With William Rybolt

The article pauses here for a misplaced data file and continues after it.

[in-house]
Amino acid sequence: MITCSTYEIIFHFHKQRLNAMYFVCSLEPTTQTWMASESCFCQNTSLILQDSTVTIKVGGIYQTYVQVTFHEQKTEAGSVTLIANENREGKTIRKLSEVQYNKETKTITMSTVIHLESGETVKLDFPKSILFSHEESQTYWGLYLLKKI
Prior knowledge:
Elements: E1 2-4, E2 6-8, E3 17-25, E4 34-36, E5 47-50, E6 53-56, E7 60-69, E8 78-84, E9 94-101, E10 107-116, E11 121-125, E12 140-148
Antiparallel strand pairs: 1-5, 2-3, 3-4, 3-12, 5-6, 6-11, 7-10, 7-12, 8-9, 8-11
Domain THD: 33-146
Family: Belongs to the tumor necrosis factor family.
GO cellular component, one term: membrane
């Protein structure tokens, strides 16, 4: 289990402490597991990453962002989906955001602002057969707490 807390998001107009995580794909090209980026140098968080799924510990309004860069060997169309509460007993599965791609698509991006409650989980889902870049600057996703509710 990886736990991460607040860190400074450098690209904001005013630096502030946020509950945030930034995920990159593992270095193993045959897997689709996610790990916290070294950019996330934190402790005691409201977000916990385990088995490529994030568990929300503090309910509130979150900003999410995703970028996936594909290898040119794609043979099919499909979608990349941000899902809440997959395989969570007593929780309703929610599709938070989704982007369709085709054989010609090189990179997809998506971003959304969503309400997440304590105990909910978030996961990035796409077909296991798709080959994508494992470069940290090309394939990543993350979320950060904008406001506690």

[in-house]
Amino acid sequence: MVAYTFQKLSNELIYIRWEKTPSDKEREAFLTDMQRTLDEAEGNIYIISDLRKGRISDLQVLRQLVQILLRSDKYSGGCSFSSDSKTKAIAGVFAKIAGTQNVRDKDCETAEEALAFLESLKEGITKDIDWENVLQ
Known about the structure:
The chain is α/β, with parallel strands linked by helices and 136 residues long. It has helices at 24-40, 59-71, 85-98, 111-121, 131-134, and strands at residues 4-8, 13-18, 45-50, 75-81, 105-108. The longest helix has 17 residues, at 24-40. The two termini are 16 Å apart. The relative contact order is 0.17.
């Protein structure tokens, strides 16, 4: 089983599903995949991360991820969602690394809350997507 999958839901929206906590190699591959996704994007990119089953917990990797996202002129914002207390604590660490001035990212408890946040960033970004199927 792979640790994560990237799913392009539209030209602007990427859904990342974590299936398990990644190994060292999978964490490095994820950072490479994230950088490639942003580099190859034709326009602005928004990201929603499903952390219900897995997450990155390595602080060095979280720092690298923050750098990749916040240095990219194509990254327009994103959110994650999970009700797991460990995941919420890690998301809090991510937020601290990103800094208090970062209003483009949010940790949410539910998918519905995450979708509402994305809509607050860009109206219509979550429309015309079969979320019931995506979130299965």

Textbook publishers offer on-line computer homework and assessment educational materials. Such materials abound with positive and negative features. Some of the strengths are immediate feedback, unlimited practice, and randomized variables. One weakness is that students adopt a “trial-and-error strategy” instead of understanding the problem. Of special concern, for static and randomly generated exercises, are the real difficulties in assessing student answers. Overly strict methods generate complaints, while lax schemes may give credit for incorrect work. In this roundtable, we share our joint experiences. Our goal is identification of practices that we should adopt and those we should avoid.